Carefully strip the outer jacket of the fiber with “no nick” fiber strippers. Cut the exposed strength members, and remove the fiber coating. The fiber coating can be removed in two ways: a. by soaking the fiber for two minutes in paint thinner and wiping the fiber clean with a soft, lint-free cloth; b. by carefully stripping the fiber with afiber stripper. Be sure to use strippers made specifically for use strippers made specifically for use with fiber rather than metal wire strippers as damage can occur, weakening the fiber.

Thoroughly clean the bared fiber with isopropyl alcohol poured onto a soft, lint-free cloth such as kimwipes. NEVER clean the fiber with a dry tissue.

Note: Use only industrial grade 99% pure isopropyl alcohol. Commercially available medicinal and isopropyl alcohol is light mineral oil dilution water. Industrial grade isopropyl alcohol should be dedicated.

The connector may be connected by applying epoxy or by crimping. If using expoxy, fill the connector with enough epoxy to allow a small bead of epoxy to form at the tip of the connector. Insert the clean, stripped fiber into the connector. Cure the epoxy according to the instructions provided by the epoxy manufacturer.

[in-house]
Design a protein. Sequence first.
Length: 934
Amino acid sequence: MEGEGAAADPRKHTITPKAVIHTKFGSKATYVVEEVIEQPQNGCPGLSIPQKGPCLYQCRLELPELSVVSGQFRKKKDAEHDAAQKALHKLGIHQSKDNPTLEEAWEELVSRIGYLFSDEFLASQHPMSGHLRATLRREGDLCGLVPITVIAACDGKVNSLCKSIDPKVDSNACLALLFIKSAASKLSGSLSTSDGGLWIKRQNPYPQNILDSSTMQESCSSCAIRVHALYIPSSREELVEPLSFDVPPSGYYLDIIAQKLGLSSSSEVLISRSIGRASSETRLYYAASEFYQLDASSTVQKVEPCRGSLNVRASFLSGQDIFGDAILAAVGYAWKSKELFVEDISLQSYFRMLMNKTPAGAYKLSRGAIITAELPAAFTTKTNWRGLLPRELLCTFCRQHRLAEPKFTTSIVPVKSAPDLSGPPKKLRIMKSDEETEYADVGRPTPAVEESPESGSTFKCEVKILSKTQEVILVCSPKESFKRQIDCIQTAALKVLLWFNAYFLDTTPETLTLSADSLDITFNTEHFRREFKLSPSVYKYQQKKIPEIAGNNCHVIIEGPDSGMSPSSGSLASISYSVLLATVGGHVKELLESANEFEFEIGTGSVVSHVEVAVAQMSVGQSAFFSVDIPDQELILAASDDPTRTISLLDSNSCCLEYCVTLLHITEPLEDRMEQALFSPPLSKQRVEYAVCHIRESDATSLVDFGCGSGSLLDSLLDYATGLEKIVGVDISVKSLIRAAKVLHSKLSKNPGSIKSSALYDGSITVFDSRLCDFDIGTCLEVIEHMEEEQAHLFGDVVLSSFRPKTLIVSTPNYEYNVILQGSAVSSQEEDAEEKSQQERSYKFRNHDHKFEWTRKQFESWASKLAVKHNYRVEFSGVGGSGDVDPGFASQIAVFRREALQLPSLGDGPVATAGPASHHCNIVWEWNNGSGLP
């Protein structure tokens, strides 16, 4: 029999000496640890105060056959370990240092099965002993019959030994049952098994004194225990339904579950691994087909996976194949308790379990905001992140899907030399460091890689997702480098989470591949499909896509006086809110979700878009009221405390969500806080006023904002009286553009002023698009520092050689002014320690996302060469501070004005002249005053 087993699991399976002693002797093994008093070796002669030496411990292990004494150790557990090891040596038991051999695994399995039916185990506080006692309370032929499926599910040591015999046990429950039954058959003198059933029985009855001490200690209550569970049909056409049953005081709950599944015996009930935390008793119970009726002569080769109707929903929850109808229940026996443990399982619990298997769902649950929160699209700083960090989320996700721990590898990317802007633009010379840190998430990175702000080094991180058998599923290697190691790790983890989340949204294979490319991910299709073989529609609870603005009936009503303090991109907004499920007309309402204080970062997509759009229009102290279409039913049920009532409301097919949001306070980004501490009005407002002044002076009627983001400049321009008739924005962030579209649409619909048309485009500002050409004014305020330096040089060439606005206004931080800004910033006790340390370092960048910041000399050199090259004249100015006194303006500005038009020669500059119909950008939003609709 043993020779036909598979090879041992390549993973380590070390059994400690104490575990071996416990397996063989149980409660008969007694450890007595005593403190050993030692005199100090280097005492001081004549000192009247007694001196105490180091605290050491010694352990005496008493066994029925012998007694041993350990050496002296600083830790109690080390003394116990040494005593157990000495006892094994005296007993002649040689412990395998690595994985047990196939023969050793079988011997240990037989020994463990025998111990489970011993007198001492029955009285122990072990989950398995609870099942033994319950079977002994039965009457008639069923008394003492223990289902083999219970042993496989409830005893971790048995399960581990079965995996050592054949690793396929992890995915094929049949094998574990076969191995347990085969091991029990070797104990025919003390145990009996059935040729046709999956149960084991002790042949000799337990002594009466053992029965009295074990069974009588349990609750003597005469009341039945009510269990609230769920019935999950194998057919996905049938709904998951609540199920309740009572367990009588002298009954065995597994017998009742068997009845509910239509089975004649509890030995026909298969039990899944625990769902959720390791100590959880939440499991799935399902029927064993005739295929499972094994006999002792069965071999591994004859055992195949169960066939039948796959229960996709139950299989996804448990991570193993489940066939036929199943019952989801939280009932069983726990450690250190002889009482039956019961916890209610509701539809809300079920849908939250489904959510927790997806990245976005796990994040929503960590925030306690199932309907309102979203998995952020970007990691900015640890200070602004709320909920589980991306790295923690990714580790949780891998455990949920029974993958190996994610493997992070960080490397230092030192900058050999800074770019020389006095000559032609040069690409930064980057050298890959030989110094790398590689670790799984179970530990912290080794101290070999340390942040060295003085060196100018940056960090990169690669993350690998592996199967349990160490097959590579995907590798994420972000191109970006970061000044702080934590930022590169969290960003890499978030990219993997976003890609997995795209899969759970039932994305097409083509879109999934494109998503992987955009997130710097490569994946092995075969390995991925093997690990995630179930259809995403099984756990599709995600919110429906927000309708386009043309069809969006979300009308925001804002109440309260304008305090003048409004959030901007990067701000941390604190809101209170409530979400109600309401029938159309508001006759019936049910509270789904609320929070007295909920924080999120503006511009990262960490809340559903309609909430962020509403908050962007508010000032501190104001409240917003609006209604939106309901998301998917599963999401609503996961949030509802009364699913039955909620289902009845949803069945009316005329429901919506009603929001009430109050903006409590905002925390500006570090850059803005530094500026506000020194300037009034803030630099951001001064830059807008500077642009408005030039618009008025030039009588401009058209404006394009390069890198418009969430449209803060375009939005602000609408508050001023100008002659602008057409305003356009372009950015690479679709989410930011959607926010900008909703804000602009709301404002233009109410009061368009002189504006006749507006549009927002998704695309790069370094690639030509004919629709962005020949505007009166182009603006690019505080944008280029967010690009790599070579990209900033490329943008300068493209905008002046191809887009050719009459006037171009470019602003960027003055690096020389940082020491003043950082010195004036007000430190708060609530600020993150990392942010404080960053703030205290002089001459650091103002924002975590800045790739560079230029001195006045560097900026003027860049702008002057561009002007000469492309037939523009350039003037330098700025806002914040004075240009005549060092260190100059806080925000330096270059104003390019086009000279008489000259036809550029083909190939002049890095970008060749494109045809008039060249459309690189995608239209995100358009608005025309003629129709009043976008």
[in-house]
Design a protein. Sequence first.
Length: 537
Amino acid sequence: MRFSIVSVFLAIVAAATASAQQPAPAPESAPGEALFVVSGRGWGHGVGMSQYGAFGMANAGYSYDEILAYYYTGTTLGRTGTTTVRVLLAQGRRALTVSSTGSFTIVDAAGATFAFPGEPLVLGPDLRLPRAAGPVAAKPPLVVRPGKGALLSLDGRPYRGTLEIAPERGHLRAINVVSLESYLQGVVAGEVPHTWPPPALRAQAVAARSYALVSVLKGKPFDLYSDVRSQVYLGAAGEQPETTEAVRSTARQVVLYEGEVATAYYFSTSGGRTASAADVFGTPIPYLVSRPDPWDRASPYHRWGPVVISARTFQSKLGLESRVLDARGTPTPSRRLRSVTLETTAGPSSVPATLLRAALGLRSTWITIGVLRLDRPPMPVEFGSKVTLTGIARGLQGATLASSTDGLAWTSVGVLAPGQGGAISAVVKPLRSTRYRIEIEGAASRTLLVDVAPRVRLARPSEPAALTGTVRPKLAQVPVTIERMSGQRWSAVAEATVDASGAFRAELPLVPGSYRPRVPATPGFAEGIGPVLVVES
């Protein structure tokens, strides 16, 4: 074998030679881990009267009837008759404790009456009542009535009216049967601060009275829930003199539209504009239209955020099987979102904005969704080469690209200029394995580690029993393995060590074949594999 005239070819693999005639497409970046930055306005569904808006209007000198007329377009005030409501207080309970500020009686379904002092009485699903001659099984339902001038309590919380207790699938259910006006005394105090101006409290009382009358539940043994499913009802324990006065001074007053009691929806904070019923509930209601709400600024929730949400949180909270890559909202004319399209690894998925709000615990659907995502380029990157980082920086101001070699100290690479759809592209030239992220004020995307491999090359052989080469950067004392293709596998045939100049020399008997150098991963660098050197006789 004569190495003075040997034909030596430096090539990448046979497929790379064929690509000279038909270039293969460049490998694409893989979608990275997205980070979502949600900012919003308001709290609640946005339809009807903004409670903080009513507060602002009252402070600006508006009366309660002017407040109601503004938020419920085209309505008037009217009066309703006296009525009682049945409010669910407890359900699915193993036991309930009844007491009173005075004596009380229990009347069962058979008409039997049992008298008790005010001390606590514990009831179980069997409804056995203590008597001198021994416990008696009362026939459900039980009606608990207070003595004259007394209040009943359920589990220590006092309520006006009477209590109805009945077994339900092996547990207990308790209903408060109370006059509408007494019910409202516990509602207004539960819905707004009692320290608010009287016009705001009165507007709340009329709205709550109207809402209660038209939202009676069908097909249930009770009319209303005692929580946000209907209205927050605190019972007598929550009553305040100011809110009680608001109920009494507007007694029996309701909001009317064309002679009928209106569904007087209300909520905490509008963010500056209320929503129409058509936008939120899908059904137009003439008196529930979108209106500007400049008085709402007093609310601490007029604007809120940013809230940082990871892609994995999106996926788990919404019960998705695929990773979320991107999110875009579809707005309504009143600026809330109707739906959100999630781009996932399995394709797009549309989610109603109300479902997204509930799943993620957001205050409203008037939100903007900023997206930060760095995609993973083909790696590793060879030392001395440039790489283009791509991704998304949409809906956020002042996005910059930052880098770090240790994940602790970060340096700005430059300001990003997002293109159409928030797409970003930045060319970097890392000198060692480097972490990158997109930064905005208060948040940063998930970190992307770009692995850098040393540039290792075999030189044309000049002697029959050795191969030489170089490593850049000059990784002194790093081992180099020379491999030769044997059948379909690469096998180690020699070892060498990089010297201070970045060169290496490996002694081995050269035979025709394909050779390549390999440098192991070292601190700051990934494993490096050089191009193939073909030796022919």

Anchor the cable strength members to the connector body. This prevents direct stress on the fiber. Slide the back end of the connector into place (where applicable).

Prepare fiber face to achieve a good optical finish by cleaving and polishing the fiber end. Before the connection is made, the end of each fiber must have a smooth finish that is free of defects such as hackles, lips, and fractures. These defects, as well as other impurities and dirt change geometry transmission patterns of light and scattered.